By studying polar bear feces, researchers aim to understand how chemicals get trapped in the body

A new University of Toronto study is using analysis of polar bears to reveal how certain chemical pollutants can get trapped – and build up – inside the body.

Polar bears tend to store some contaminants in their bodies because they are at the top of the food chain, have very fatty diets, and have evolved to absorb high amounts of fat.

A polar bear feeds at the Toronto Zoo. Image credit: Toronto Zoo

“They are like a trap for these chemicals,” says Frank Waniaa professor in the department of physics and environmental sciences at U of T Scarborough, one of the study’s authors.

“Their pollutant levels are very high, but their discharge capacity is very low.”

For research, published in a magazine Environmental Science & Technology, Wania and Ph.D. student Yuhao Chen developed a new method to study how certain chemicals, called polychlorinated biphenyls (PCBs), accumulate inside polar bears from contaminated food. They analyzed the diet and faecal samples of polar bears from the Toronto Zoo to see how much trapped PCBs compared to what was excreted.

Polar bears experience so-called biomagnification, where more toxins build up in the food chain. Since polar bears came out on top, they consumed the highest amount of contaminants in their diets. (A polar bear has higher levels of contaminants than the seals it eats, seals have more cod, cod more than small fish, etc.)

Additionally, the researchers found that PCBs tended to be biologically exaggerated at a higher rate in polar bears due to their high-fat diets and the ability of their digestive systems to absorb those fats.

While animals and humans are generally good at getting rid of most chemicals that shouldn’t be in the body, some contaminants are more difficult to remove due to their properties. Persistent and lipid-soluble substances, including the pesticides DDT and some types of PCBs, can accumulate in body tissues because they cannot be broken down or excreted easily through the digestive system.

Sarra Gourlie, the supervisor of nutritional science at the Toronto Zoo, who provided fecal and dietary samples for the study, said polar bears have evolved to absorb nearly all the fat they eat. – mainly from seal fur.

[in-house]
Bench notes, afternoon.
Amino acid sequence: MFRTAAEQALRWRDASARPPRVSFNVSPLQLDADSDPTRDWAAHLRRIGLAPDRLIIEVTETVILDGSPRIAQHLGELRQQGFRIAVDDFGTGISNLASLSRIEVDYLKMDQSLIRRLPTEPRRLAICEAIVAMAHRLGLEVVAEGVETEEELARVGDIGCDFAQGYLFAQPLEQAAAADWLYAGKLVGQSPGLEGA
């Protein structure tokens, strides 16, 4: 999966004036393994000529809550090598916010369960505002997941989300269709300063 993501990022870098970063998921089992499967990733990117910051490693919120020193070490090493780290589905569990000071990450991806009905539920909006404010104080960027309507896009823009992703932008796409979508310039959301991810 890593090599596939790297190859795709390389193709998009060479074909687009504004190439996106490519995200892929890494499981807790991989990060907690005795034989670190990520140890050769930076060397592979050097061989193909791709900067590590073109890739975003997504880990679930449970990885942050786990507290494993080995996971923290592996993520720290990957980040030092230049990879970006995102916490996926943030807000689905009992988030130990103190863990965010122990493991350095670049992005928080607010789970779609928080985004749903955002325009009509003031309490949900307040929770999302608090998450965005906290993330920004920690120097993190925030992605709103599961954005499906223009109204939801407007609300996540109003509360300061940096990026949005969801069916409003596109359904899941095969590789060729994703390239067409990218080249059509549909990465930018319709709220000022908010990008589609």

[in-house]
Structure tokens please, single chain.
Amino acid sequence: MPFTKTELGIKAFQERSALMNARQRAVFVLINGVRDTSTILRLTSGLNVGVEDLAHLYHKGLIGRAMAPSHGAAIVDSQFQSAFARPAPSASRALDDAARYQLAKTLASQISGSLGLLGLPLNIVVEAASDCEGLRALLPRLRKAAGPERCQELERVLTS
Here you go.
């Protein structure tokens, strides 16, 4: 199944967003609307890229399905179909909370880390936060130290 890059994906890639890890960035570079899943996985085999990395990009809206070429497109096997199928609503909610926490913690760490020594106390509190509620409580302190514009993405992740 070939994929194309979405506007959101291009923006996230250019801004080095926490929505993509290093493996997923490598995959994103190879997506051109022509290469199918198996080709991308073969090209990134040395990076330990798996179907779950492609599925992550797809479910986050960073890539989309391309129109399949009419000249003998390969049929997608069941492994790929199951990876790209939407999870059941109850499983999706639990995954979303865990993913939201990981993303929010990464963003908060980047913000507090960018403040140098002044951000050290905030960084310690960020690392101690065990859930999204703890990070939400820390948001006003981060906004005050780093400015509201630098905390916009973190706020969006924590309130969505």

“They were able to extract about 97 percent of the fat from their diet, so very little of the fat was actually passed out,” she says.

Polar bears at the Toronto Zoo are not fed wild seals, which can contain high levels of PCBs. Chen says polar bears living in the wild have much higher levels of pollution than those in zoos, which have a cleaner diet.

He says it’s important to monitor these levels of pollution because of the harm they can cause. Studies have linked high levels of PCBs in wild polar bears to lower levels of testosterone, which can affect reproduction. It has also been linked to disruptions of the immune and endocrine systems, which can reduce survival rates.

“The PCB levels have exceeded worrying levels to the point where they are thought to have a negative impact on polar bears living in the wild,” said Wania.

PCBs are a group of highly toxic chemicals that have been banned globally but can last a long time in the environment. While the researchers only looked at PCBs in this study, they say the method could also help track other chemicals trapped through biological magnification.

A non-invasive method for top predators and humans

The traditional method for studying biomagnification relies on tissue analysis, which can only be performed on dead animals or humans. As a result, there are almost no studies on biomagnification in humans or endangered predators. The researchers hope the method they have developed can be used on other apex predators in the wild, such as lions or tigers.

It can also be used on humans. Chen said he is currently looking at analyzing food and stool samples from different people to see how biologically magnified the contaminant is inside the body and whether there are individual differences. are not.

“We know these pollutants are present in humans, and we know how the body absorbs these pollutants,” he said.

“What we don’t know is how much of these contaminants is stored or expelled by our bodies when we eat a contaminated amount of food.”

Source: University of Toronto

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